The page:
What we now know: Proposed restrictions to interest deductions on residential investment properties
We all enjoy a good surprise. But residential property investors are unlikely to be celebrating the Government’s proposed restrictions to interest deductions.
In March of this year, the Government announced an extension of the Brightline test for taxing residential property sales from 5 –years to 10-years, albeit with an exclusion for “new builds” (yet to be defined).
At the same time, it was unexpectedly announced that interest deductions for residential properties were to be restricted. The framework of the proposed legislation was, at that time, unknown.
What we now know - A brief overview
We now have more detail with a recently released Discussion Document and a call for public feedback. Here is a non-technical overview of what is proposed and is not yet law:
- Legislation objectives: There are many. Specifically, the rules are designed to reduce demand for non owner-occupied residential properties, and therefore control price rises. They aren’t designed to disincentivise supply, hence a carve out for “new builds” (which would not be subject to non-deductible interest). The framework shouldn’t be unduly complicated.
- Phased implementation: From 1 October 2021 interest deductibility is to be restricted on borrowings drawn down before 27 March 2021 and for residential property also acquired prior to this date. It’s not an immediate restriction with interest deductibility phased out over time and in full from 1 April 2025 onwards (100% deductibility until 30 September 2021, reducing to 75% between 1 October 2021 and 31 March 2023, 50% from 1 April 2023 to 31 March 2024, 25% from 1 April 2024 to 31 March 2025).
- Concession for new builds: There are no interest deductions for circumstances that do not meet the above date deadline requirements, other than the concessionary treatment permitted for “new builds”.
- Three new build categories are contemplated; simple, complex and commercial-residential conversions. In principle, if the activity increases the housing supply, then it should qualify for the concessionary treatment (i.e. the interest is deductible).
- New build definition: It is proposed that a “new build” will be defined with reference to the Code of Compliance Certificate (“CCC”); for example, a new build is one that is acquired within 12 months of issue of the CCC. The proposals further raise the question as to whether subsequent purchasers would qualify for the concessionary treatment and interest deductions permitted. The paper calls for views on whether the exemption should extend (on a reduced basis) to properties acquired within 10 or 20 years from CCC.
- Further exclusions: Residential property excluded from the rules is proposed to include land outside of New Zealand, farmland, employee accommodation and others.
- Income tax implications: The Document considers a sale of property that is subject to income tax and whether the non-deductible interest should be available as a deduction under these circumstances.
What we think
While the initial proposal unfortunately landed (back on 27 March 2021) without any prior discussion, we now have a short window before 12 July 2021 to make submissions. Some aspects of the proposal likely to benefit from further discussion and review include:
- Ring-fenced loss rules: We already have ring-fenced loss rules. Will we have any losses to ring-fence if (when) the restrictions are enacted as proposed?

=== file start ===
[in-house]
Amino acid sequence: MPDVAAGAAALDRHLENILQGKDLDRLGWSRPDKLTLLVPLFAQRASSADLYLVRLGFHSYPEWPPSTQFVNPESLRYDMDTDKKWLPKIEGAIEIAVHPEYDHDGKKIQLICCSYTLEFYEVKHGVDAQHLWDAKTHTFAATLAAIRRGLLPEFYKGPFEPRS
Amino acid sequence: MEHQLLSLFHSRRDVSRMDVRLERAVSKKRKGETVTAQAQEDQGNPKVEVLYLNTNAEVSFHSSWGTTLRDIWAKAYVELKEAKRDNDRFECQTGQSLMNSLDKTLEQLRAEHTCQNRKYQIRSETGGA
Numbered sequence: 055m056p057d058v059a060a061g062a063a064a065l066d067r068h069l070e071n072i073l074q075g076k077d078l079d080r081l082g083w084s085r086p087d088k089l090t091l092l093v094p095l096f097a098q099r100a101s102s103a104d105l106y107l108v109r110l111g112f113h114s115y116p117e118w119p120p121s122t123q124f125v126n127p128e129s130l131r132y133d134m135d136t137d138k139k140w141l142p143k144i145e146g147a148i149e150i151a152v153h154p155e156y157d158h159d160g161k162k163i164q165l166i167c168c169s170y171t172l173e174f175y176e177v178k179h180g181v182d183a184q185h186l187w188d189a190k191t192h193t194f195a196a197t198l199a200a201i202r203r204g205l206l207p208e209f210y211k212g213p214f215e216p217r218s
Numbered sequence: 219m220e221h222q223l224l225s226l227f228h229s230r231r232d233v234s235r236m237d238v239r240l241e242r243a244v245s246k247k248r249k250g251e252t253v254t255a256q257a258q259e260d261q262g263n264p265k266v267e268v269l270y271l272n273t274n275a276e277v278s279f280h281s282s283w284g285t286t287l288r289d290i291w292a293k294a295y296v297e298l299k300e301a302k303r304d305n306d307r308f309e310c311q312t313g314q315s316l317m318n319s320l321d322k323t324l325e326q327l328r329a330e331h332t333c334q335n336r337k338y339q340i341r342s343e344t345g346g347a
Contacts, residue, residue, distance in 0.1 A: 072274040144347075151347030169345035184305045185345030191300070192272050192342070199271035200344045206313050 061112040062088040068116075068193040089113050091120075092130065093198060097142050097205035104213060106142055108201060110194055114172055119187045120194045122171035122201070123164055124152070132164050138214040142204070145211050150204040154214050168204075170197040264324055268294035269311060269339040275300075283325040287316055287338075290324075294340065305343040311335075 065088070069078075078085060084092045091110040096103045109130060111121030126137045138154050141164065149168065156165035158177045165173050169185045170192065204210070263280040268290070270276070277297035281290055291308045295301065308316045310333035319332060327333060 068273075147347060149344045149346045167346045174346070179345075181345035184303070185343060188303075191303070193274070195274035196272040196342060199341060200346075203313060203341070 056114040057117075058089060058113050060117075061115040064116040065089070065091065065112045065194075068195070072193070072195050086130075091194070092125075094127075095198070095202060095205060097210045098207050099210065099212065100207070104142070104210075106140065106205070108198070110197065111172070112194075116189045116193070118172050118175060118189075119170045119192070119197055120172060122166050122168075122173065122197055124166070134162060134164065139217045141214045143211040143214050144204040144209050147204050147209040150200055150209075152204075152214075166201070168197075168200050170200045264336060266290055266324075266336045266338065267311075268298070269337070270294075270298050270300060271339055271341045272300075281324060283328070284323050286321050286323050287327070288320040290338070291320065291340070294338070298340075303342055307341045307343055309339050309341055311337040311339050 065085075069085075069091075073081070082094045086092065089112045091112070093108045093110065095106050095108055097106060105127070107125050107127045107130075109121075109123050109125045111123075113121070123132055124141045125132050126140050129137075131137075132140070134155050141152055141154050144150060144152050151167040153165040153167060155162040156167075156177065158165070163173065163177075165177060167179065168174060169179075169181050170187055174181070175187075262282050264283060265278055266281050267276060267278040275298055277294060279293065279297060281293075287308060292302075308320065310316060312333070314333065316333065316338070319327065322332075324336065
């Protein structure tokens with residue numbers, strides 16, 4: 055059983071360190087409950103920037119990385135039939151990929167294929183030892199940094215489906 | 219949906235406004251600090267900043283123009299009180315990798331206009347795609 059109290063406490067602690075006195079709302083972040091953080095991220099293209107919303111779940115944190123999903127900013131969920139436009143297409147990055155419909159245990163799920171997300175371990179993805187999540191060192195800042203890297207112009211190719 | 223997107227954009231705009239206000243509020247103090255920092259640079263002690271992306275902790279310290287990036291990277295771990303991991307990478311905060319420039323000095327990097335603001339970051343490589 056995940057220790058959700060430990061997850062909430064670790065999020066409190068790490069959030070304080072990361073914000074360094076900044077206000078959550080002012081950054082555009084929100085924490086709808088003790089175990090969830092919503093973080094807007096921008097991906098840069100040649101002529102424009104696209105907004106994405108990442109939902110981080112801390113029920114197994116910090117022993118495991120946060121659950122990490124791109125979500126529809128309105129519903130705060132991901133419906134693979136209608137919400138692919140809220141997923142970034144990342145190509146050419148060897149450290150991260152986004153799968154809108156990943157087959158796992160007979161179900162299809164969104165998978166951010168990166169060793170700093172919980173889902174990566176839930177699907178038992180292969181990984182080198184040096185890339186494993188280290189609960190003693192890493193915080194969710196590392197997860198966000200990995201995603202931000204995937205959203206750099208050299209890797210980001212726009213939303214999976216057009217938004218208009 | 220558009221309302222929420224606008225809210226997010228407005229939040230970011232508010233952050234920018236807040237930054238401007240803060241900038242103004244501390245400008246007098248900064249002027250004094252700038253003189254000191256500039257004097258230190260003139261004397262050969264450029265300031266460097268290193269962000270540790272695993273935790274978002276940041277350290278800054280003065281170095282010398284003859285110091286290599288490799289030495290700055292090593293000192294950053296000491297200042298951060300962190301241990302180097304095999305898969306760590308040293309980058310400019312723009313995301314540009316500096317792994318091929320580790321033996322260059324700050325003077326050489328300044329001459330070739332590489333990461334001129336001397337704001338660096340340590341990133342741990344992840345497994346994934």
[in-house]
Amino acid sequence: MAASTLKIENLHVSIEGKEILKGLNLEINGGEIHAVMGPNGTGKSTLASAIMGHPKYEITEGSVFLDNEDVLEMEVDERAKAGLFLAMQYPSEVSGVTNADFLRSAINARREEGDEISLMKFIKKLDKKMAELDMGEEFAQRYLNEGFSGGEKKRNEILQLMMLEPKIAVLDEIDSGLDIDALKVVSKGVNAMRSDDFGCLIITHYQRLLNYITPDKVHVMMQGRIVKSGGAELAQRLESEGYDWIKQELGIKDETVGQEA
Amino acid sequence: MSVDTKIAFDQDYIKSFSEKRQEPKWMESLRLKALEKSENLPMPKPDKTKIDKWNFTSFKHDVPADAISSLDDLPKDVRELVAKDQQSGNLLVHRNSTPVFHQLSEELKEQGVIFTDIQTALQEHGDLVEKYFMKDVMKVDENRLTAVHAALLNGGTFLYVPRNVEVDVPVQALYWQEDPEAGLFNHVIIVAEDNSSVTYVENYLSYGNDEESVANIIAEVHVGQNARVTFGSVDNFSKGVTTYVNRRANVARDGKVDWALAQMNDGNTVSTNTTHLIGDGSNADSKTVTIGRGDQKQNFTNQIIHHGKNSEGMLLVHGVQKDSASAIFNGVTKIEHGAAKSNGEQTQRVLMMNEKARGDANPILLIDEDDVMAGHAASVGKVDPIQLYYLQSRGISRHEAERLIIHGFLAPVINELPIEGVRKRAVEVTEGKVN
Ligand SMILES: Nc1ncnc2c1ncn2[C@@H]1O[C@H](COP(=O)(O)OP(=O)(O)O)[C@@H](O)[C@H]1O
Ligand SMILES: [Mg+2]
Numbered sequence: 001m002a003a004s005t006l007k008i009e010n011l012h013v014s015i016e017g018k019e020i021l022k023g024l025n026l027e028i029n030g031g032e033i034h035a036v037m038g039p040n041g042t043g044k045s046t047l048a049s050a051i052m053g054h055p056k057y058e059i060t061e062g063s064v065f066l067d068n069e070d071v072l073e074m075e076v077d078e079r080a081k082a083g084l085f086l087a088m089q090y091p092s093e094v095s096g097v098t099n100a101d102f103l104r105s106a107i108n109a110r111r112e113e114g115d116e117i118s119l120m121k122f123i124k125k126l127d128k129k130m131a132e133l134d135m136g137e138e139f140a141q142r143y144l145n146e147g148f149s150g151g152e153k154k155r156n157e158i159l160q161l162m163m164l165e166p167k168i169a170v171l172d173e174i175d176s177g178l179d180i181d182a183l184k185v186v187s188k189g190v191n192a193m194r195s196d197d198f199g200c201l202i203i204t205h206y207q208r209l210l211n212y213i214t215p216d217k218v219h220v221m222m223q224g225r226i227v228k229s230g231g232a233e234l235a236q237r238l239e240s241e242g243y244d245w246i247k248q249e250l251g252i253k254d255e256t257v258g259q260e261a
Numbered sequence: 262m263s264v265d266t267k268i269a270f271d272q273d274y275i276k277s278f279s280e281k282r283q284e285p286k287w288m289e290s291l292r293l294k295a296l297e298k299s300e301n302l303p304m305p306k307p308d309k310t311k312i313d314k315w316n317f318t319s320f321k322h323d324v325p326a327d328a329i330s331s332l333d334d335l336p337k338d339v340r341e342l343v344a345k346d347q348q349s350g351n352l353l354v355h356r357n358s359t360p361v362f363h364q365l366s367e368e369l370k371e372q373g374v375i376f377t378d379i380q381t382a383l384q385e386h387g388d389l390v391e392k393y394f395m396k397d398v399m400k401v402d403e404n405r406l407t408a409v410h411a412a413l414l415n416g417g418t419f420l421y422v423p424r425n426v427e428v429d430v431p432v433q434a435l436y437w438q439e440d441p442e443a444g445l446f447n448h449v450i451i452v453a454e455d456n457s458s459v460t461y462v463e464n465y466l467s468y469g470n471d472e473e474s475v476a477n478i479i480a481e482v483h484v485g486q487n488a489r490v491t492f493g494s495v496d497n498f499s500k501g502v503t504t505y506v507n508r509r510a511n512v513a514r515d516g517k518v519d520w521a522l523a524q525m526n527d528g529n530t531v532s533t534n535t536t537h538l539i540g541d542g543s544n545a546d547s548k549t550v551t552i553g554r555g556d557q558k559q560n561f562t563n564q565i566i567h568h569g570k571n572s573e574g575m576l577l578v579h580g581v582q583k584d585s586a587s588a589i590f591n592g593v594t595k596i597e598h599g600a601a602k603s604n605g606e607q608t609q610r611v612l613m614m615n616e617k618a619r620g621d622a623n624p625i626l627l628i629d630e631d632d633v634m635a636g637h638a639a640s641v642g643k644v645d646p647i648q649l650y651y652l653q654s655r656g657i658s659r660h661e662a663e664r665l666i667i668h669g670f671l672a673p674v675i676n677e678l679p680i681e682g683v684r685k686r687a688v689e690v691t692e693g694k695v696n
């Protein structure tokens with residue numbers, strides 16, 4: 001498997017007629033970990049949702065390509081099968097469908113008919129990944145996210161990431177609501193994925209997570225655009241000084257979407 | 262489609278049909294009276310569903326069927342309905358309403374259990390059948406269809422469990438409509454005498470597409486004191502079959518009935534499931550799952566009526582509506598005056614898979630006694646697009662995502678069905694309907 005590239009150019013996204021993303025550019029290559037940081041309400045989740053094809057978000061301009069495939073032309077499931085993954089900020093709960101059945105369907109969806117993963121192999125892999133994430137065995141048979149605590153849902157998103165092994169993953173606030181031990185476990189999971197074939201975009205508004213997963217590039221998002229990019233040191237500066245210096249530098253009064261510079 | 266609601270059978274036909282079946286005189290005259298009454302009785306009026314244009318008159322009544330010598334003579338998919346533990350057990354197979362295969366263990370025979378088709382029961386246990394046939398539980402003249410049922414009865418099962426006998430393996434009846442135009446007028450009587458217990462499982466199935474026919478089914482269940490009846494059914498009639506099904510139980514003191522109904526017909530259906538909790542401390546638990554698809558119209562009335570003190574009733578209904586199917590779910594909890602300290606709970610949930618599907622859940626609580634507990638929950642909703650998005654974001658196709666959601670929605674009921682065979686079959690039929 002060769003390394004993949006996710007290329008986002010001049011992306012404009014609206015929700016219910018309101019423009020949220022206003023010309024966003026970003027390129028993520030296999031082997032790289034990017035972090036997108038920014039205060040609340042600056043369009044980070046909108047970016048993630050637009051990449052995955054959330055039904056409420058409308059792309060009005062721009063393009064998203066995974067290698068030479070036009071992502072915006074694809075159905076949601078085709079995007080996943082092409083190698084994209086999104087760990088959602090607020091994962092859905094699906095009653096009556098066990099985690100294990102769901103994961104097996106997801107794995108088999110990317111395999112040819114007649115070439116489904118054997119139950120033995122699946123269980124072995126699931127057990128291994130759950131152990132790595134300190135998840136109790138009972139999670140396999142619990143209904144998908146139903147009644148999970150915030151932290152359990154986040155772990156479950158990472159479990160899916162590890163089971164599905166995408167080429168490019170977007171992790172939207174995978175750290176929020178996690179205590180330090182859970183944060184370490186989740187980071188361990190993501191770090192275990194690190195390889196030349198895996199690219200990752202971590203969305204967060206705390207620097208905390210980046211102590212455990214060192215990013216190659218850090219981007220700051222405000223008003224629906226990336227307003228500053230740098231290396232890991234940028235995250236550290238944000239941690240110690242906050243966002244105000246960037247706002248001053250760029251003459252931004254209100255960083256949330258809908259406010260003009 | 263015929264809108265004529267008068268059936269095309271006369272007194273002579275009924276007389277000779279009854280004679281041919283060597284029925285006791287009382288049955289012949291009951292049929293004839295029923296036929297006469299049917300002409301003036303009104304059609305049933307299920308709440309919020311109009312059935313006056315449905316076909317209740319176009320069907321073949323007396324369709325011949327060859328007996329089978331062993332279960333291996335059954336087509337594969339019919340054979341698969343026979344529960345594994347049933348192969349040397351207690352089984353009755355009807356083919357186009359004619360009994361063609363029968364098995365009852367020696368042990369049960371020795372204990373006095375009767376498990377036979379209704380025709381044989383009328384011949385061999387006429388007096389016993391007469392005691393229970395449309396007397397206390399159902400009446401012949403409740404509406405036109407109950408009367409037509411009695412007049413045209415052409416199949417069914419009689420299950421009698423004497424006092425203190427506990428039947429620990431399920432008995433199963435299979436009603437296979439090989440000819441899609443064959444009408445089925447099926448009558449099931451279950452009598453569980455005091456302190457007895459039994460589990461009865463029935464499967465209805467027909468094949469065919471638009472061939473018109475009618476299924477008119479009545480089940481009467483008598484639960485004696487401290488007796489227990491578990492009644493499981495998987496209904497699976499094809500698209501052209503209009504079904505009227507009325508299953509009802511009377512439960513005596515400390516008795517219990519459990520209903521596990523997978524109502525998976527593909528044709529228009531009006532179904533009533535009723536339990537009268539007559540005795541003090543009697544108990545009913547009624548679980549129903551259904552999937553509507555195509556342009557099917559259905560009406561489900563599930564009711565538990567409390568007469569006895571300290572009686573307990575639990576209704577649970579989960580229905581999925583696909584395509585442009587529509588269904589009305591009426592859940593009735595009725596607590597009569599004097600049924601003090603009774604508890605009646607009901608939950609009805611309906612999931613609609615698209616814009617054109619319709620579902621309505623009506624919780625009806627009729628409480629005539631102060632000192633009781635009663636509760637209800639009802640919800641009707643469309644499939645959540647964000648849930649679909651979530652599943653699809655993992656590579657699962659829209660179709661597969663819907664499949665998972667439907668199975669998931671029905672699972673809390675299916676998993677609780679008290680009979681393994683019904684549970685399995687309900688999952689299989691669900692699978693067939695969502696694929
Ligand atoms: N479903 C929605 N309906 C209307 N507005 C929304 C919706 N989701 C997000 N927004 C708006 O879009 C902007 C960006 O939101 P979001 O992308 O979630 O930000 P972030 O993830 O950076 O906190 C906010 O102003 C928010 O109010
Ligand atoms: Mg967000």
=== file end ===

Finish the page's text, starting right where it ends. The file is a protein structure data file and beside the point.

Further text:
- An opportunity to simplify: Regardless of objectives, the proposed new rules appear overly complicated. There are 143 pages of Discussion Document trying to work out what would be fair, what wouldn’t, how to define “new builds”, what should be excluded, dual purpose buildings, tracing of borrowings (what was the borrowing actually used for to work out restrictions?)…it doesn’t feel uncomplicated. Perhaps the use of the word “unduly” means that the Government [or the officials] can make it complicated?
- Previously forgone interest: Should there be a deduction for interest previously forgone in the event of a future taxable sale? Absolutely. Otherwise - the Government are double dipping and taxing more than the economic increase. This really wouldn’t be fair.
- Roll-over relief provisions: The inclusion of roll-over relief provisions is welcomed (although they too come with some complications), and it is helpful that the restrictions will be phased in over a four/five year period for existing investments. The immediate application of these rules to the Kiwi who invested in residential property and worked out their retirement plan based on the legislation of the day could be disastrous. The four year transition period at least allows time for those who made acquisitions based on the status quo. Particularly if interest rates rise in the medium to longer term, as is indicated by financial commentators (RBNZ signalling a view that that OCR may rise to 1.75%, as compared to 0.25% currently, by mid-2024).
- A change in taxation strategy: Finally, the proposal is a significant departure from the core fundamentals of our tax system. We deduct (yes, subject to certain limitations granted) those expenses which are incurred in driving taxable income. Why is there no deduction for this income earning process? Clearly, for some taxpayers, the proposed limitation could result in tax paid on what would ordinarily be an economic loss.
Stepping back, one might ask; “If we had to do something to deal with demand, could there have been a better way to help solve the housing problem through the tax system?” Something that increased the cost of acquisition, was uncomplicated, uncluttered and is used across the world? A stamp duty on residential property was previously discounted…but is this now worth a further look? If you want to make a submission, we’d love to hear from you. Make sure to have your say before 12 July.